Monday, October 12, 2009

The Truth

"The Truth" about Cognitive Dissonance


                Don't read the next sentence.

                See, telling people what not to do never really works. It is a much better idea to use persuasion and propaganda techniques to get your point across to the right people. A tactic that is used by The Truth, which fights the negative and misleading information that is used by the big tobacco companies to sell a product that helps to shorten your life, can be described as  the use of cognitive dissonance.

                Cognitive dissonance, by definition from Merriam-Webster Dictionary online,  is" psychological conflict resulting from incongruous beliefs and attitudes held simultaneously". These conflicts can arise from attitude, belief, and knowledge discrepancies. 

                If you have seen any of the truth ads it would be clear to you that the tactics used are of a wide variety. Cognitive dissonance is also used in numerous ways throughout the campaign. Truth ads do not tell people to stop smoking, they simply present conflicting information from the information the tobacco company is presenting, that may in turn cause cognitive dissonance by the viewer of these ads.

                How many people do you know that absolutely love being told what to do, what to think, or what they should believe? I know that I can say I don't know any. This is why many executives in the communication industry understand the importance of propaganda and persuasion, because instead of telling you must prove and show why your argument or views are in fact correct.

                Another great example of cognitive dissonance hard a work can be found on the ever popular site of Facebook. There are numerous applications that are thrown is users faces every time they login. A tactic to get other users to download the application is in fact, cognitive dissonance. While I understand these applications truly have little importance, or real value they consume the site. If one friend downloads the application and it is shown to other friends that reduces the dissonance for that friend. The conclusion will be that the application must be fun if my friend uses it, and/or invited me to try it out for myself. This "Kiss Me" application screen is an example of an invitation for other friends to join the fun, and a visual example of the reduction of dissonance.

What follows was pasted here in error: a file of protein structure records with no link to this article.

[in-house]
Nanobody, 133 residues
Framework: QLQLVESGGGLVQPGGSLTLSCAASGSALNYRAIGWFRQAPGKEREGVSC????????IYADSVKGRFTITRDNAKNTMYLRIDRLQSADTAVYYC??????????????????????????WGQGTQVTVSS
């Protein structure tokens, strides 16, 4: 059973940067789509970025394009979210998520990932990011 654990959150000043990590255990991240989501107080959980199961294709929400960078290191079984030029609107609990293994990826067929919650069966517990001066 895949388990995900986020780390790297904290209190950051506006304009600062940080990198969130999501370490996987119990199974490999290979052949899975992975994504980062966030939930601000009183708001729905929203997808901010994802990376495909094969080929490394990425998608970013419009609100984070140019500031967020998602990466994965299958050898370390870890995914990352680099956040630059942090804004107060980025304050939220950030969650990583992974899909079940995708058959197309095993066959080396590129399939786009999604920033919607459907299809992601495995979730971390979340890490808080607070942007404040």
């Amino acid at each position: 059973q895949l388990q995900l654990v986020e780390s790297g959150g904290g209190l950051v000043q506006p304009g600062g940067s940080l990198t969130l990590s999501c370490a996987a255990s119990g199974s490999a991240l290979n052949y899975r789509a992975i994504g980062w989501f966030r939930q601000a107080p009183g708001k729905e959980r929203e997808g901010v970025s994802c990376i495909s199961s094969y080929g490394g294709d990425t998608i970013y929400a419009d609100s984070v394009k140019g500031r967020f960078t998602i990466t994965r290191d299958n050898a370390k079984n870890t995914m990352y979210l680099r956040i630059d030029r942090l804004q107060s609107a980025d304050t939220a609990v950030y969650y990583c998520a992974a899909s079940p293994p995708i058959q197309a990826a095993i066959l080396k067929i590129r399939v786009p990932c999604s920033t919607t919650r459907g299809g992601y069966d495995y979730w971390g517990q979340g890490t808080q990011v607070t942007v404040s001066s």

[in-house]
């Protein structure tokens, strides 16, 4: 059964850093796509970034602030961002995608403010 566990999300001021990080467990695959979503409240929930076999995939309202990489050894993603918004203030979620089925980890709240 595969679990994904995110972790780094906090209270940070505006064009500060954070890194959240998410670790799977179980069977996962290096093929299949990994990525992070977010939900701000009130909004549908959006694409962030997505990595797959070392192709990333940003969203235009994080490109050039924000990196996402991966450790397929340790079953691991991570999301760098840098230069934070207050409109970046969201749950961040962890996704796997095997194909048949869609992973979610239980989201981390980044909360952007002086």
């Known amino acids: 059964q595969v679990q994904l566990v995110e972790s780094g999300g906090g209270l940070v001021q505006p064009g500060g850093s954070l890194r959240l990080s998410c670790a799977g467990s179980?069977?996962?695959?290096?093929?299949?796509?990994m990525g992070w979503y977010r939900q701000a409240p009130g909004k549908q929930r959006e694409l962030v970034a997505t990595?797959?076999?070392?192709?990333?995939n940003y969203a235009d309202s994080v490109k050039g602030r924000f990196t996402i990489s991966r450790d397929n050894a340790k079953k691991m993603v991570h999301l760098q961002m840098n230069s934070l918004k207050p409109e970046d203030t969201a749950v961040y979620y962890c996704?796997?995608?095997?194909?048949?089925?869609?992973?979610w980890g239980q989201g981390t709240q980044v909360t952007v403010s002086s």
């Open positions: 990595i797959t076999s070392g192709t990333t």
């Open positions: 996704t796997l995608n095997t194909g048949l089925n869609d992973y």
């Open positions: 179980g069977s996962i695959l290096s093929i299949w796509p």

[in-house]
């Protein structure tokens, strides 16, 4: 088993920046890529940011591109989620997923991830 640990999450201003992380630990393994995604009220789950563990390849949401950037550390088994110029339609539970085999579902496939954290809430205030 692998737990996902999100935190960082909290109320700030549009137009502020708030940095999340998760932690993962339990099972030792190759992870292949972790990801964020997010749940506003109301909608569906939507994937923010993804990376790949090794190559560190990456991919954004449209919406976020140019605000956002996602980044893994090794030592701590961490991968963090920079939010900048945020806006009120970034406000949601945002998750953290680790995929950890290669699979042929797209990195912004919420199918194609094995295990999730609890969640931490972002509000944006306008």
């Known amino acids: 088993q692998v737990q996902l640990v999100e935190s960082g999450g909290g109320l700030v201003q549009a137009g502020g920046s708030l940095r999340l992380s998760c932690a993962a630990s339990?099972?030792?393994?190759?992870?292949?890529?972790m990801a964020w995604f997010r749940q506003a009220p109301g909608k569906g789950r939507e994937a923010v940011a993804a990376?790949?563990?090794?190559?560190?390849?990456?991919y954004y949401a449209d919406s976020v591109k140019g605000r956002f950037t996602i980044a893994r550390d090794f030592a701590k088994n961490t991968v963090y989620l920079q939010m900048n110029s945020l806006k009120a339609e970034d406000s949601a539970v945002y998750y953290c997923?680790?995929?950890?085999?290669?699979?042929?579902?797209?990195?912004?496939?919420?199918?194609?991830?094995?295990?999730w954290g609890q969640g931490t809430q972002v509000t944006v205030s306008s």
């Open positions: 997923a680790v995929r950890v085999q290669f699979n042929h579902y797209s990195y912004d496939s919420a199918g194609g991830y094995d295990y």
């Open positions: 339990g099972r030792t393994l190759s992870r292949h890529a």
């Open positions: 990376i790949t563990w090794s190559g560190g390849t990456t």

Cognitive dissonance is experienced every single day by people. It's very common, and people change their minds often based off cognitive dissonance, and they also will avoid experiencing any dissonance if they feel their opinion will or side of the issue will be put into question. Avoidance of topics or downgrading others opinions because they contradict with yours is often used to evade any kind of dissonance. The Cognitive Dissonance Theory developed by  Leon Festinger backs this assertion of avoidance.

                Parents, are another major group of people that use cognitive dissonance to persuade. If you sit and really think about growing up in your parents household I am sure you can think of a time when this was used and you never realized it. When one repeatedly attempts to persuade someone to do something that person will loose credibility and authority will diminish as well, and the more resistant the other will become to avoid dissonance.  How many times do parents use the "disappointment" word to promote better behavior which creates dissonance within the child that is now rethinking their position or action that caused this.

                Encouraging cognitive dissonance c an truly help to persuade another person, but it is something that needs to be done almost cleverly, to stay away from resistance from the other party in response. I can think of no better example as having just the right balance as the truth campaign. The commercials are very humorous, but make the impact.

                Cognitive dissonance is a great tool to use to persuade, just ask the truth creators, facebook, and your parents. 


cognitive dissonance. (2009). In Merriam-Webster Online Dictionary. Retrieved September 29, 2009, from dissonance

Festinger, L.: A theory of cognitive dissonance. Stanford, CA: Stanford University (1957)

Kam, D. (2009, April 16). Using Cognitive Dissonance to Your Advantage. Retrieved from Marketing Business Strategies:



Erin Montgomery

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